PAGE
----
Sunday, September 30, 2012

How Justin Trudeau can leave a legacy as great as his father did

Ask anybody about Pierre Trudeau’s major contributions to Canadian politics, and you will find many who will point to the repatriation of the constitution, and the enshrinement in our new constitution of our now world-famous Charter of Rights & Freedoms.

That Charter has resounded throughout the world, and is used as a template wherever people gather to draft democratic reforms for other countries.
Like father, like son?

It defined in unmistakable terms the red line where the rights of the Canadian state ended and the rights and freedoms of Canadians began. And it has been even more significant in that it has changed our culture to one where we now think in terms of the rights and freedoms of the individual as a logical starting point in assessing any proposed law or governmental action.

Pierre Trudeau had a fierce love of democracy, and a distrust of extremes. He saw the Charter as a way to build a country that was more democratic than it had been.

Should Justin Trudeau become leader of the Liberal Party, it is probable that he will be either the next prime minister or the deputy prime minister in a government replacing the Stephen Harper new Tories.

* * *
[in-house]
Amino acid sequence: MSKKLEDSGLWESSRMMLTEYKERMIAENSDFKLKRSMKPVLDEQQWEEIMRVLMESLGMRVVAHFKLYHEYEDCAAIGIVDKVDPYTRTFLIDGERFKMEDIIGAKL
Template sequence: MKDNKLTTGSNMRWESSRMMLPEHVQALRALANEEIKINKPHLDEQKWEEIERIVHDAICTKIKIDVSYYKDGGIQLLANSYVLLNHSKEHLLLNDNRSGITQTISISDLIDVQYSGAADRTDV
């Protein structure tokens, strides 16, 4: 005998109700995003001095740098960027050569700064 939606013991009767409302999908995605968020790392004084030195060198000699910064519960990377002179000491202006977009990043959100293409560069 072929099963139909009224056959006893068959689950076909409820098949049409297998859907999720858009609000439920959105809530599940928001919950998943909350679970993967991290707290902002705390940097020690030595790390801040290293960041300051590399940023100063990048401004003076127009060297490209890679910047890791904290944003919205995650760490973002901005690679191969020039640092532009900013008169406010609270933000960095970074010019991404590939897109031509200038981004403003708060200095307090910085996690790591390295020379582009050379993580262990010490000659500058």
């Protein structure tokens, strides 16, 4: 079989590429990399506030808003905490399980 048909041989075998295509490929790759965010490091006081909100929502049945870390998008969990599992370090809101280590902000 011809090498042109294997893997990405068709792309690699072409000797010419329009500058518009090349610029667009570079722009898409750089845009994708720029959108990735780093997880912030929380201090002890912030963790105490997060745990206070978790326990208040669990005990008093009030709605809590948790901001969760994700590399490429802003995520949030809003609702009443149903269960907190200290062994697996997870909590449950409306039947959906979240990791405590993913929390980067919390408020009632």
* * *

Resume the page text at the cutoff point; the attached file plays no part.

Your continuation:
One of the things he will have to think seriously about is what kind of a legacy he could leave when he finally steps down from active politics. He is aware of the massive contribution his father made to building and extending our democracy.

He must want to do something equally significant.

The one legacy he could leave would be to remedy our democratic deficit by insisting on legislation requiring our archaic and undemocratic first past the post system of electing our MPs being changed to a modified proportional representation system (MPR).

Having a MPR system of electing our MPs would at a stroke move Canada from the democratic backwaters we are in, to the forefront of democracies. We would take our place amongst those advanced nations that now have similar electoral systems, which make sure every vote counts, that every portion of the country has representation in parliament, and that every major political party has a fair voice in our nation’s affairs.

That one change alone will guarantee Justin Trudeau a legacy equal to that of his father’s, even if he does no more.

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